Clock is ticking for Class of ’24 to get ready for the next step

UA has plenty of resources to help graduates land that first job

Ellia Pannier, El Inde Arizona

(Student mentors help soon-to-be grads with career preparedness at LifeLab, one of many UA career resources where students can ask questions and discuss their goals with peers and professionals. Ellia Pannier, El Inde Arizona)

While some students know their career path before they even step onto campus, many are just figuring it out along the way. But for those to graduate, it’s time to answer the question: “What’s next?”   

For members of the class of 2024 who take things one step at a time, here is some professional advice from University of Arizona career coaches that will help simplify the path to your future.  

Located at the Bartlett Academic Success Center behind the Bear Down Building, the UA Student Engagement & Career Center is filled with both student mentors and career educators who are there to help map out your next steps with one-on-one counseling and support. 

UA offers a wealth of resources. If you ever feel lost, don’t hesitate to reach out to UA professionals and take advantage of the tools available. 

It’s worth noting that these resources are not exclusive to students; graduates can also access them for up to a year after completing their degree.

Cory Eisenberg, a seasoned career education coordinator and instructor, uses a personalized approach to help graduating students identify their career goals and aspirations. With an understanding of the diversity of student trajectories, Eisenberg connects with students on a deeper level to reveal their true potential.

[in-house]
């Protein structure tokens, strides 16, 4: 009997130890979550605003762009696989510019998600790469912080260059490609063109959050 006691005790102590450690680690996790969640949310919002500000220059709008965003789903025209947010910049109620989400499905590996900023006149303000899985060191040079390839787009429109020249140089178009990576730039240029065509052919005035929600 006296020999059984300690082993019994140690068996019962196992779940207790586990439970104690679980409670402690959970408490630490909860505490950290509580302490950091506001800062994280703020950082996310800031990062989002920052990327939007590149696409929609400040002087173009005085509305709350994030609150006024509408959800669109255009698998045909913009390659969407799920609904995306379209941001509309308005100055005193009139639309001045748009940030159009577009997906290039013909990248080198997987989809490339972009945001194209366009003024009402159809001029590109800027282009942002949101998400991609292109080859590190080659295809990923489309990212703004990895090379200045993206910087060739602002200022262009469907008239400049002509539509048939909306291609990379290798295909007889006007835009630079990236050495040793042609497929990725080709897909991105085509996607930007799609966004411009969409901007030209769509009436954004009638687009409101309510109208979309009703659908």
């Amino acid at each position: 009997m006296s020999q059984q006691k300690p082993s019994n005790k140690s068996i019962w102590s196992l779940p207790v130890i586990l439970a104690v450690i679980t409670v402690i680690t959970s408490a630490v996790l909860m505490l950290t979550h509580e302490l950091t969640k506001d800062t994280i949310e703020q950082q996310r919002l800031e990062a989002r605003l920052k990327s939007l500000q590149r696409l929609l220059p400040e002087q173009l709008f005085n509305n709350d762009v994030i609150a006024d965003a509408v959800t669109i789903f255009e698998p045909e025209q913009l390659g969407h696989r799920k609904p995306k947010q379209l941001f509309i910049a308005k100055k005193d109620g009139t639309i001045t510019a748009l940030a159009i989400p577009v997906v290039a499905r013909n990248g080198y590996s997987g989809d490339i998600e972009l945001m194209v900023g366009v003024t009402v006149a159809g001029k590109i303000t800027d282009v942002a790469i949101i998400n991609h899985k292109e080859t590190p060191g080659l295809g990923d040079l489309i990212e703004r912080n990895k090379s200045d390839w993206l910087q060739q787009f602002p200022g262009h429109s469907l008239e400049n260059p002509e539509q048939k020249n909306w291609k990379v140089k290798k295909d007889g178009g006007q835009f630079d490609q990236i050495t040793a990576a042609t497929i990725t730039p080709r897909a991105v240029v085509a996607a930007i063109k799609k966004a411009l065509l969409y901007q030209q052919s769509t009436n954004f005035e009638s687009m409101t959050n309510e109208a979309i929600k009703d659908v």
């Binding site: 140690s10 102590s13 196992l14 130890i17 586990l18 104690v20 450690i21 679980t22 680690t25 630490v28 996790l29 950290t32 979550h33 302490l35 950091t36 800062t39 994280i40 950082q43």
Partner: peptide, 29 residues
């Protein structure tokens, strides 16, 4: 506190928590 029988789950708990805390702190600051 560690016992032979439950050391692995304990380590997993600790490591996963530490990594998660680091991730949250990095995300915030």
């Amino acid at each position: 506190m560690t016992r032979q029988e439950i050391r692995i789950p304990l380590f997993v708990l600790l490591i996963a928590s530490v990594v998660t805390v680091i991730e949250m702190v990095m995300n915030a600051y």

“I talk to them about who they are, what their values are, and what work looks like for them,” she said. “As we’re working through this, I see key areas of their talent and their interests and I help them highlight themselves the best they can to represent themselves to future employers and opportunities.”

As students embark on their job-seeking journey, they can often feel frustrated and defeated by the long turnaround periods between applying for a job and hearing back months later. But this is commonplace in most industries, so rather than beating yourself down, learn how it works so you can know what to expect.

Students and coaches work as a team to map out a graduate’s next steps, and focus on demystifying the process of job seeking, networking and everything that falls within the professional structure. 

If you want a second opinion on your career documents, LinkedIn profile, interview technique and more, use UA resources to ensure that you’re putting your best foot forward.  

(Image of the Wildcat Career Guide that includes out some of the steps and resources available to UA students. Ellia Pannier, El Inde Arizona)

Here’s some tips we collected from five UA career professionals to help guide your job-searching journey. 

Common Pitfalls 

  • Limiting where you look